Personally, our hotel location in East Nanjing was just perfect. It’s walking distance to almost great places with nearby metro stations.

From the Bund, we explored the busy streets of Nanjing. We came to an underground night market on a street-style food setting at cheap prices. I don’t know the name but it’s infront of the 1929 Fairmont Peace hotel beside Minisoo. We flocked each stall to grab free tastes until we decided on a local noodle shop.

When in China, don’t forget to taste Tsing Tao beer. It’s always on the top 10 of best local beers in the world rated higher than Thai’s Chang.

After dinner, we stopped by Shanghai’s first microbrewery The Bund Brewery but instead of their known German lagers, we sipped a cup of coffee and tea with English live music playing on the background. I felt it was relatively safe doing night strolls around Nanjing.

At 11 pm, we checked out The House of Blues and Jazz . So, okay, there was a door charge of 50CNY but maybe we were looking desperate, so she let us in for free.

The crowd is of classy, professional folks both Asians and foreigners. At almost 2 am, we decided to cap off the night.

Their live jazz music usually has to end at 12 midnight but it went for another 30 minutes. The restaurant is a replica of old Hollywood jazz bars with wood panels and homage to jazz artists.

On our second day, we headed to the Old Town of Zhujiajiao or the Venice of Shanghai via Line 2 and Line 17 at 8CNY. You’d be welcomed by white walls, red lanterns, rock bridges and canals, stone-cemented alleys and the smell of Chinese delicacies. This town dates back to 1300! There’s so much history with royal families from different dynasties, old ancient traders and just common folks who had become shadows of this town’s past. I posted photos on a different post to highlight some beautiful spots one would expect. However, the photos are just pieces. You have to see the whole town to appreciate its authenticity.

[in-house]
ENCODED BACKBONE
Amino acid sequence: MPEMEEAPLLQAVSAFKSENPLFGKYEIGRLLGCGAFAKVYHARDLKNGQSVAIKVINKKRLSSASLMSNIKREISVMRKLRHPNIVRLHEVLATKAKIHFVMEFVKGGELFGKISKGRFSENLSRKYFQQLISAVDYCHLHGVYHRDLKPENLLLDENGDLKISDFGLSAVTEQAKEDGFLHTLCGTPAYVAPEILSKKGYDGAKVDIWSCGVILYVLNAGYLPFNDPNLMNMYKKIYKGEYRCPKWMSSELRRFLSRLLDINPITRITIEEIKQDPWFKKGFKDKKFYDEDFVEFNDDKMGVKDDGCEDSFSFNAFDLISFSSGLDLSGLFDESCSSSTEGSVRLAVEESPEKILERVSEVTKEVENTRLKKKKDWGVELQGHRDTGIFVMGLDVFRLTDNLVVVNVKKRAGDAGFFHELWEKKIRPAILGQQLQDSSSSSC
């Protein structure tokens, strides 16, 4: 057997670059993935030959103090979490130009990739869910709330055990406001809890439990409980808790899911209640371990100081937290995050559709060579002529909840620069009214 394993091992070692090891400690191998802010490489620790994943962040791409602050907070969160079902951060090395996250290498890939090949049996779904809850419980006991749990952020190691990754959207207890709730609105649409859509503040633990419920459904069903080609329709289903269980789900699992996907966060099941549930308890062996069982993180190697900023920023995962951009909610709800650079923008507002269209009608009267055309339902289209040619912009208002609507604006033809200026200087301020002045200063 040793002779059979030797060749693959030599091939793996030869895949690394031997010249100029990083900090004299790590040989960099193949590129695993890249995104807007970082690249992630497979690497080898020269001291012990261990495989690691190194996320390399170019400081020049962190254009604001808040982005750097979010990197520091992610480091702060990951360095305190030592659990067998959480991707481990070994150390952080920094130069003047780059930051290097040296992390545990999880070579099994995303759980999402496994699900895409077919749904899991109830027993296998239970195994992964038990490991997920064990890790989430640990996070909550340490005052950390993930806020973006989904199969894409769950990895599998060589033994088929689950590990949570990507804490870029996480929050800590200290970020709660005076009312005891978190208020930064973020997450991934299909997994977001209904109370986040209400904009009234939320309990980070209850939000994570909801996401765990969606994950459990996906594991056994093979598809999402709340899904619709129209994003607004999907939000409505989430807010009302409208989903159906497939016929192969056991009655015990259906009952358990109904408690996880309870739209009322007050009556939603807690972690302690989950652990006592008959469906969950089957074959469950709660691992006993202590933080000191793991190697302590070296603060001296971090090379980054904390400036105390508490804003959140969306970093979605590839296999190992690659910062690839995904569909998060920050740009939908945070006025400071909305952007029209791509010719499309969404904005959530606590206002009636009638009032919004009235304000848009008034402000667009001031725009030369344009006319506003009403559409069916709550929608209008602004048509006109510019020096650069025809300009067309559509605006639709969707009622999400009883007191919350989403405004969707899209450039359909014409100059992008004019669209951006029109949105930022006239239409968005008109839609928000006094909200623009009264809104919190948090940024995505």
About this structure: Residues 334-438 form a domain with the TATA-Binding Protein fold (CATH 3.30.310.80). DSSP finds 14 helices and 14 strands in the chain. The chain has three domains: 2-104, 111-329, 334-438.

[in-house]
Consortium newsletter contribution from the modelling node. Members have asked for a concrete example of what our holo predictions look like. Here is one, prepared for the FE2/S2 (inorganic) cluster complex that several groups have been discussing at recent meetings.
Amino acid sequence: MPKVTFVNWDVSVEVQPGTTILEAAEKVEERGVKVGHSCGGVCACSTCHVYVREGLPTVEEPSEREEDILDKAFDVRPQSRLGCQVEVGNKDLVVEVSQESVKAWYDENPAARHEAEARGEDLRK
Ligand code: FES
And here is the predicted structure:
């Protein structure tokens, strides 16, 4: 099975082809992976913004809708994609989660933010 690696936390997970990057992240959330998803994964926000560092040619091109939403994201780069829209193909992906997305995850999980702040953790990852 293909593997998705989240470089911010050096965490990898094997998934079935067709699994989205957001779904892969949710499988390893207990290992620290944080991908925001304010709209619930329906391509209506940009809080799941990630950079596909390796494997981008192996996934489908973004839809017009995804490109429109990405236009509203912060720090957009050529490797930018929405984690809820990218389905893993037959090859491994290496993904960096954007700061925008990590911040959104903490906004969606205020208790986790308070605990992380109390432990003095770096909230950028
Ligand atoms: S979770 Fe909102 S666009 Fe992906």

Afterwards, we passed by the largest Starbucks Roastery on our way home. Tasted some freshly brewed coffee, roamed around the area and checked out their overly price merchandise. An hour or so, we decided to head home walking the 2.5 km distance via the People’s Park.

After being well rested (yes, sleep!), we hoped to catch a Lady Gaga Drag Show but it was full! No seats available, only standing option. We opted for a 90’s mini-concert in the old 1931 The Pearl cabaret headlined by the band Red Stars. It was a smash that got Dessa rocking her way infront of the stage. More so, this is a historic building that used to house luxurious cabaret shows during the colonial times. Worth the 80CNY door fee!

Our last day involved walking 10 kms (with breaks) within the old districts of 1950’s French concessions and what they used to call as International settlements. Have you heard about the Opium war between China and Britain? You should! Because you’d understand better and appreciate how western influences were able to seep through their thick walls and local customs and why CNN called it the Greatest City on Earth.

What I love most about this City is you can experience all lifestyles at once. You can drink a German lager while watching a 90’s concert with American music but European singers on an old Chinese theater with crowds from different races. It is like walking and seeing the old times! There’s endless range of diverse activities lurking on every street corner! Surely, Shanghai is an elegant mix of European and Asian ways of life that is definitely worth going back in the next few months!

Dessa and I (French Quarter)